My reaction usually is “well, if yuo like it and it's cheap then congrats, you win!” :-)

    • http://www.anotherwineblog.com WineWonkette

      I think sometimes the more expensive and complex wines we taste, the more we tend to prefer. I look back in some of my earlier “wine journals” at the labels and think, “you know we sure did spend a lot less on wine in those days!”

    • http://www.anotherwineblog.com Houstonwino

      Amen! I only wish that my definition of cheap hadn't changed so much over the years.

      • 1winedude

        HA! Yeah, all of a sudden Cornerstone Howell Mtn. Cab is looking inexpensive, right?

        • http://www.anotherwineblog.com Houstonwino

          Now that you mention it…can I borrow $100?

  • http://twitter.com/vinotology Ben Simons

    First of all, I give you mad props for the use of Jefferson Airplane in the post. Loved it!

    You are absolutely right. I think this ties in well with some other posts that I've read recently about the intimidation factor in wine. I think a lot of people are afraid to have their own opinion, and then shrink from it when they hear a more experienced wine drinker disagree. It's unfortunate that people feel this way, but I can remember being like that when I was first getting into wine. I guess those of us who have mostly gotten over our fear should just do our best to encourage people to go with their palate, and not be afraid to like what they like.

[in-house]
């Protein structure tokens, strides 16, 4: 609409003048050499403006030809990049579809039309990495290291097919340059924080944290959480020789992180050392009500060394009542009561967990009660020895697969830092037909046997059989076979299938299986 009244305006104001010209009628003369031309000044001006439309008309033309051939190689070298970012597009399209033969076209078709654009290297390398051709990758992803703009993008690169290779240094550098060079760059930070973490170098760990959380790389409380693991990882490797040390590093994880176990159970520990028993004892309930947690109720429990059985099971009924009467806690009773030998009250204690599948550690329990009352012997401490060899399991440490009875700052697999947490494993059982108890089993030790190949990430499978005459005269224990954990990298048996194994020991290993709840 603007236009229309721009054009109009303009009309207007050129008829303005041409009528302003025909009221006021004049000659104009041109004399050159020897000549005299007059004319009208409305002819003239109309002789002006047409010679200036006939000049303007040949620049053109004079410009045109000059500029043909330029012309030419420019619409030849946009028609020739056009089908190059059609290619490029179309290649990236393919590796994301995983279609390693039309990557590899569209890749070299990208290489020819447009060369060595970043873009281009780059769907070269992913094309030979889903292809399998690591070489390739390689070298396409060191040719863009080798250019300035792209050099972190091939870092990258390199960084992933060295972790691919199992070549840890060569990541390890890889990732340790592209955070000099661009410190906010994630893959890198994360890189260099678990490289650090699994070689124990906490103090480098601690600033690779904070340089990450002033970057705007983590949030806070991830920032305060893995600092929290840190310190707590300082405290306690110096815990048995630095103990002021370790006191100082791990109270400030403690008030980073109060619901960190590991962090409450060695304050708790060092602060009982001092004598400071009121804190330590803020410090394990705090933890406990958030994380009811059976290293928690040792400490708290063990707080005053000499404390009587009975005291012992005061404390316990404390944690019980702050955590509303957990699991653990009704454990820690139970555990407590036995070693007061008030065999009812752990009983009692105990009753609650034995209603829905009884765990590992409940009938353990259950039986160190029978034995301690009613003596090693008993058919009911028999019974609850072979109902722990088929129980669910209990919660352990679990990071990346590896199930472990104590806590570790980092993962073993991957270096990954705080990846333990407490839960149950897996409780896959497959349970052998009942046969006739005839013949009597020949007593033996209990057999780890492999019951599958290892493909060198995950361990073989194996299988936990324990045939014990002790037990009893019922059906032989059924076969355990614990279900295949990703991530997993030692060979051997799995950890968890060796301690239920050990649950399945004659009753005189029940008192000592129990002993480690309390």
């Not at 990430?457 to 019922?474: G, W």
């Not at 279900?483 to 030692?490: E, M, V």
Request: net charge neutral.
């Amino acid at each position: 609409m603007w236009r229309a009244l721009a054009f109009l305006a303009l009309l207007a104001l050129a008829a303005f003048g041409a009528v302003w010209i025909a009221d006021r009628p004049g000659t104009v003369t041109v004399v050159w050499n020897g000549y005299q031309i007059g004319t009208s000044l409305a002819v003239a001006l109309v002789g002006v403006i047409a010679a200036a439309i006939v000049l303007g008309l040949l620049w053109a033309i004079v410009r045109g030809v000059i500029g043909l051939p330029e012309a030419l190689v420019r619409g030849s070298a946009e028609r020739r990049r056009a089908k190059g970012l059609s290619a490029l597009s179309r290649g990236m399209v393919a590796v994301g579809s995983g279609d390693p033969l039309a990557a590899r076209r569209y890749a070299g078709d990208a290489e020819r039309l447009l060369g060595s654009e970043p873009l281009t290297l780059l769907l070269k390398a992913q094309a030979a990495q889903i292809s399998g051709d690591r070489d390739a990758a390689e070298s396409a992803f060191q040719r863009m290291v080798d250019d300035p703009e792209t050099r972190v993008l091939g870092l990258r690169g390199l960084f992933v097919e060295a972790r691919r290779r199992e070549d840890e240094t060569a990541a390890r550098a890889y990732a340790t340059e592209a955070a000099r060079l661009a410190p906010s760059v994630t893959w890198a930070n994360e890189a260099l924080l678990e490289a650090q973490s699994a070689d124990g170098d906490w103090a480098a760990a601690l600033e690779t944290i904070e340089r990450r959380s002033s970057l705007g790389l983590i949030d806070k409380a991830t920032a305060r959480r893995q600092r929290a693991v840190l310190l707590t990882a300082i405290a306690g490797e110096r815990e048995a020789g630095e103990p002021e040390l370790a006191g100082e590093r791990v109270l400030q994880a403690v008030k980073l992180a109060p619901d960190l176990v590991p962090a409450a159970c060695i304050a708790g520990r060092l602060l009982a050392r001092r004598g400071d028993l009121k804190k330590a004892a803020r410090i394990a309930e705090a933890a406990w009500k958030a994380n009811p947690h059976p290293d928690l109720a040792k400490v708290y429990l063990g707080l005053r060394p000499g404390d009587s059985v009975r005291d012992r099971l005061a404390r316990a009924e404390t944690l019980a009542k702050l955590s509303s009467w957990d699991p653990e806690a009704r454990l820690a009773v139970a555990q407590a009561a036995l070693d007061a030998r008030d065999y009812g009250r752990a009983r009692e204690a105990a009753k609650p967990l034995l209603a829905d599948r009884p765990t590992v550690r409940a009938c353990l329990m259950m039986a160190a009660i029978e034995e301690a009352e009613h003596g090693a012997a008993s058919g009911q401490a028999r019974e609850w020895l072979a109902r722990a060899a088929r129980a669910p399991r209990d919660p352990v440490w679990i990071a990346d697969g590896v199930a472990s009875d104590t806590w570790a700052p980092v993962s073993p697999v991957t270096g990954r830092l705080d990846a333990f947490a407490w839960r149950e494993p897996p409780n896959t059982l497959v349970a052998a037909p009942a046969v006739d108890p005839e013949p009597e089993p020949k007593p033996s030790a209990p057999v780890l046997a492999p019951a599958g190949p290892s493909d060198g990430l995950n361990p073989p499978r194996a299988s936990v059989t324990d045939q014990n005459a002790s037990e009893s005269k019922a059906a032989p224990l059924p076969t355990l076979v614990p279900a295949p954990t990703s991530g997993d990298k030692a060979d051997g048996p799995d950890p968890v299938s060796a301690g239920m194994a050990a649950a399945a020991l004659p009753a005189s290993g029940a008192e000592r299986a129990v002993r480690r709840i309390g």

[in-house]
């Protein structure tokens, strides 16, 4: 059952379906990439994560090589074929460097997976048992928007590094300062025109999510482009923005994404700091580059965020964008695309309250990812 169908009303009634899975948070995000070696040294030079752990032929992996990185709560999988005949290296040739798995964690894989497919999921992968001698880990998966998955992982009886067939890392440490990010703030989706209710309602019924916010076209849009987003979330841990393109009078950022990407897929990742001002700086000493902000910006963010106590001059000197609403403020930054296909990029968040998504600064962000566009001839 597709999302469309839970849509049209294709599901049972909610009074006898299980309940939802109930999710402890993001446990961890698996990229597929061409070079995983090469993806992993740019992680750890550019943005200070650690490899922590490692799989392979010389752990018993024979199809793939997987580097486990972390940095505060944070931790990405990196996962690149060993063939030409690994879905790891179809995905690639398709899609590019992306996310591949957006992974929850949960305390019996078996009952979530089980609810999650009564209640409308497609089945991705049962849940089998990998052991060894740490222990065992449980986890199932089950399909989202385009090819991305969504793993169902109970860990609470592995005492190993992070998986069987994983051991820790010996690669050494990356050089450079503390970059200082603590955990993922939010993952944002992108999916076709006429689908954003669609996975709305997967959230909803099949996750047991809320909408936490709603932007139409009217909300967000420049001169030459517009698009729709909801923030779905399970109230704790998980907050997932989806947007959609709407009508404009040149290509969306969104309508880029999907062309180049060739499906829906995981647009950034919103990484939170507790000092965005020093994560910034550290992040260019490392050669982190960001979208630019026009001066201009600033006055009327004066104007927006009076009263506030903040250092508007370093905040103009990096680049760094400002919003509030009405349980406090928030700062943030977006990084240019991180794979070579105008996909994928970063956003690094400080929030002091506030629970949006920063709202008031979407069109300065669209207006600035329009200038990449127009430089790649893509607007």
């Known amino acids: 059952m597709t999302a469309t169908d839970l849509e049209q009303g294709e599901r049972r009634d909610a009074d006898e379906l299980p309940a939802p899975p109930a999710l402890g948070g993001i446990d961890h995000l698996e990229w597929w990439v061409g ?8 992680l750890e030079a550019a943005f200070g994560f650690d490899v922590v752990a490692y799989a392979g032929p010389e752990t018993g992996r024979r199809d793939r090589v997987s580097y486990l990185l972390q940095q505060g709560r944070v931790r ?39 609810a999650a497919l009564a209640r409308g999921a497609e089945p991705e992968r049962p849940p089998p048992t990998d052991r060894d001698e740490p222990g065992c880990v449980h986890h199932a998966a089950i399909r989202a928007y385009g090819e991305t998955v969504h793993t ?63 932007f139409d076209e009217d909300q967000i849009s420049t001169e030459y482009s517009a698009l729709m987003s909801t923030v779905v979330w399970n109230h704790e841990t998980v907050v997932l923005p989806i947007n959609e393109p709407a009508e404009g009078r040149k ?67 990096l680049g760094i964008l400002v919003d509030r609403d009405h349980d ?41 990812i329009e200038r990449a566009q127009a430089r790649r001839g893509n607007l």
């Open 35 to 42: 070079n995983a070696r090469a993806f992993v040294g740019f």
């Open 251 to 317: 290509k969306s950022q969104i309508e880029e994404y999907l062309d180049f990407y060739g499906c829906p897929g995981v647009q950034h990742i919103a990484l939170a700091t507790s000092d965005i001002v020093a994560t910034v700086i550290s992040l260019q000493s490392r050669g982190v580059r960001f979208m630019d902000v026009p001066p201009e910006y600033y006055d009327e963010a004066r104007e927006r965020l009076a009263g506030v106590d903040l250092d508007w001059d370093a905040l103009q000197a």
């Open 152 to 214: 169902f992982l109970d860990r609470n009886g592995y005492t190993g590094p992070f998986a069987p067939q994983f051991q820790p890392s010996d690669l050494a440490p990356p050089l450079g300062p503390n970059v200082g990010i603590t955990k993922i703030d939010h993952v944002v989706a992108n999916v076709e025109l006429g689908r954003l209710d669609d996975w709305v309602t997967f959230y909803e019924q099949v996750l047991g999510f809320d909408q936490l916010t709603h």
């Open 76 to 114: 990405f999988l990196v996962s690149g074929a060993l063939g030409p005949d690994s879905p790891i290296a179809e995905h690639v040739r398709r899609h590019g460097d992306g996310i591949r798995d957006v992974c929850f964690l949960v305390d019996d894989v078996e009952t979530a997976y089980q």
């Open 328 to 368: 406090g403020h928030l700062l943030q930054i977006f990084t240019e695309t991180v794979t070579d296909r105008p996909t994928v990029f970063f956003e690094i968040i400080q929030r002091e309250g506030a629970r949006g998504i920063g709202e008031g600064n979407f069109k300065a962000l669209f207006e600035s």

• http://www.anotherwineblog.com WineWonkette

      We just watched the Johnny Depp-as-Mad-Hatter version of Alice in Wonderland last weekend. So the song and the theme were stuck in my head! Thanks for stopping by!

    • http://www.anotherwineblog.com Houstonwino

      Great response, Ben. I have had people whose palates I respect rip wine that I like. At one time that would have influenced me because I figured that they must be right and that I was wrong. Now, while it may make me taste it again just to be sure, I just chalk it up to different tastes…or maybe even that they had a bad bottle. Who knows?

      Drink what you like, and always be on the look out for more things to like, and you'll never go wrong, imo.